Intermediate band and H-beta observations of stars in the clusters NGC2451, Cr 140, Cr 135, Cr 173, IC 2391, and Cr 132 in Puppis-Vela arediscussed. Photometric and astrometric parameters for the stars areshown and discussed, along with light and color curves, color-luminosityarrays, histograms for reddening and luminosity, and stellardistributions. Cr 132 consists mainly of members of CMa OB2 plus a fewstars that may be an extension of Cr 140. The latter is an elongatedcluster of some 20 stars, 450 pc distant, 30 million years old, and with(U,V,W) = (+27,-6,-16) km/s. Cr 135 has only eight members, including aK2 Ib star, some 30 million years old, 310 pc distant, and (U,V,W) =(+13,-11,-12) km/s. For NGC 2451, extensive photometry reveals nocluster. Cr 173 is in the Vela sheet and may contain Gamma Vel and thecepheid AH Vel. IC 2391 is a very extended cluster including about twodozen stars brighter than the sun, some 30 million years old and 165 pcdistant, with (U,V,W) = (+20,-19,-3) km/s.

Prediction of spectral classification from photometric observations - Application of the UVBY beta photometry and the MK spectra classification. II - General case
Abstract image available at:http://adsabs.harvard.edu/cgi-bin/nph-bib_query?1980A&A....85...93M&db_key=AST

Prediction of spectral classification from photometric observations-application to the UVBY beta photometry and the MK spectral classification. I - Prediction assuming a luminosity class
An algorithm based on multiple stepwise and isotonic regressions isdeveloped for the prediction of spectral classification from photometricdata. The prediction assumes a luminosity class with reference touvbybeta photometry and the MK spectral classification. The precisionattained is about 90 percent and 80 percent probability of being withinone spectral subtype respectively for luminosity groups I and V and forluminosity groups III and IV. A list of stars for which discrepanciesappear between photometry and spectral classification is given.

Search for Beta Cephei stars south of declination -20 deg. I - Incidence of light variability among early B giants and subgiants: Summer objects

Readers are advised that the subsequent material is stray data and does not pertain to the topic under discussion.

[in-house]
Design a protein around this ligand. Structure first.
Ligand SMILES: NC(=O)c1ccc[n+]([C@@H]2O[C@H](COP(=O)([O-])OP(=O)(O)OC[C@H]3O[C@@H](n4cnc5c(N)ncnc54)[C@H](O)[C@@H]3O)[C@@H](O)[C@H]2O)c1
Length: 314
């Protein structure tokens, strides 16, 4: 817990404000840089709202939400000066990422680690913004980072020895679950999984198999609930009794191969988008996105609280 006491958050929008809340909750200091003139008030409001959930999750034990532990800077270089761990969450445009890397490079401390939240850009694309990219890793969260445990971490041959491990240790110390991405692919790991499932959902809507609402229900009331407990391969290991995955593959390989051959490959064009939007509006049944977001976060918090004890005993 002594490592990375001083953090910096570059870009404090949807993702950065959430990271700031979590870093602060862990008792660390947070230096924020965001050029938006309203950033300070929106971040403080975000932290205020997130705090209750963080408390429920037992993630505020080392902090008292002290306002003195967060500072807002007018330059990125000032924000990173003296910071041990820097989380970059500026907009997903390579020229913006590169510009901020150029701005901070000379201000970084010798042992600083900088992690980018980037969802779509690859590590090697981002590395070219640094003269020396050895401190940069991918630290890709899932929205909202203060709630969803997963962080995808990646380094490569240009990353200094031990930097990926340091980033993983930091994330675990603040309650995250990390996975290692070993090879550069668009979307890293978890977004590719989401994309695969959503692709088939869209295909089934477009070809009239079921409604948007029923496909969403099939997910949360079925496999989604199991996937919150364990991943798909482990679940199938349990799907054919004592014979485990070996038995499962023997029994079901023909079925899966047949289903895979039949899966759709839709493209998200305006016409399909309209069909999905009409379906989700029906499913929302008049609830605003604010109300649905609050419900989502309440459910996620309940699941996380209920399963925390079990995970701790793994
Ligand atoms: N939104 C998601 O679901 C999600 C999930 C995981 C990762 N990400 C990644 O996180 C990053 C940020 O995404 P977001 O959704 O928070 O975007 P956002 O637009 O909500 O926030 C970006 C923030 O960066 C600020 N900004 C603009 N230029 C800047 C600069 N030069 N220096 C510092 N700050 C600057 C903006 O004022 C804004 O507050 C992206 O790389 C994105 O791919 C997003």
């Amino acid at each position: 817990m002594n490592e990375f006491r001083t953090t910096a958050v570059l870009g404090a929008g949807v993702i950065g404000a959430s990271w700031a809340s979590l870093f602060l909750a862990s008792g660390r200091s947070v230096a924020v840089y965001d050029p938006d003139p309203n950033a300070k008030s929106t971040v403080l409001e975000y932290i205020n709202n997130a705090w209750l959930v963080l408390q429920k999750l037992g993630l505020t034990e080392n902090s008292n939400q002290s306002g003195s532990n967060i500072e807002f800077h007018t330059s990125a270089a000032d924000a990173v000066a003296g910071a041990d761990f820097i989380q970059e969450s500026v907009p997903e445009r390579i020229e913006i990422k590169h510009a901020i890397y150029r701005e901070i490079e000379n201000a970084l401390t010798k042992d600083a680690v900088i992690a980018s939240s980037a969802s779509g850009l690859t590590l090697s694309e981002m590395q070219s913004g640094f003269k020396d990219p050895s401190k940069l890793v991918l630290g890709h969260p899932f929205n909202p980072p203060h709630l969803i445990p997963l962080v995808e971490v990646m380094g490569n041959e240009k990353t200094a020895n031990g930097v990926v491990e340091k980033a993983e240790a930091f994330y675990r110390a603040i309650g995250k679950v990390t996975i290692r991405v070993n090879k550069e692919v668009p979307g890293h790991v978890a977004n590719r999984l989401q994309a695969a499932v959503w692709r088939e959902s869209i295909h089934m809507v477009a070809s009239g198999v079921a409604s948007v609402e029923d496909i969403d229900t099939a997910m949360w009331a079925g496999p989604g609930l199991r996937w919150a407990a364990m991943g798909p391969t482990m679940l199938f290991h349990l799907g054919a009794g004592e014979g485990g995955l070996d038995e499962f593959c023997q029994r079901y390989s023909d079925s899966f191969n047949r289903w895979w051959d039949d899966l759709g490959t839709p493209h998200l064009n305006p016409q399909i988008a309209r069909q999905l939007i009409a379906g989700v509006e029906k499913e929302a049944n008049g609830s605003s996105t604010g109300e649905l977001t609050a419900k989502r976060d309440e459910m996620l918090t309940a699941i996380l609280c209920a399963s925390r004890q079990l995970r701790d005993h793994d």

Not Available

Structure and age of the local association /Pleiades group/
Intermediate-band indices are used to derive luminosities for some 500early-type stars with well-determined proper motions and radialvelocities. Space motion vectors and galactic coordinates are computedfor the stars considered. It is found that the local association membersare mainly concentrated in the Sco-Cen region in the Southern Hemisphereand the Cas-Tau region in the north.

New kinematical data for bright southern OB-stars
Abstract image available at:http://adsabs.harvard.edu/cgi-bin/nph-bib_query?1972A&AS....5..129L&db_key=AST

Four-color and H-beta photometry for bright B-type stars in the southern hemisphere.
Abstract image available at:http://adsabs.harvard.edu/cgi-bin/nph-bib_query?1971AJ.....76..621C&db_key=AST

MK Spectral Types for Bright Southern OB Stars
Abstract image available at:http://adsabs.harvard.edu/cgi-bin/nph-bib_query?1969ApJ...157..313H&db_key=AST

Photoelectric Photometry of NGC 2451
Not Available

Photometry of NGC 2451
Not Available

On the individual parallaxes of the brighter galactic helium stars in the southern hemisphere, together with considerations on the parallax of stars in general.
Not Available

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Observation and Astrometry data

Right ascension:07h39m47.80s
Apparent magnitude:5.76
Distance:342.466 parsecs
Proper motion RA:-8.8
Proper motion Dec:8.6
B-T magnitude:5.65
V-T magnitude:5.734

Catalogs and designations:
Proper Names   (Edit)
HD 1989HD 61899
TYCHO-2 2000TYC 7644-2699-1
USNO-A2.0USNO-A2 0450-04457938
BSC 1991HR 2964
HIPHIP 37329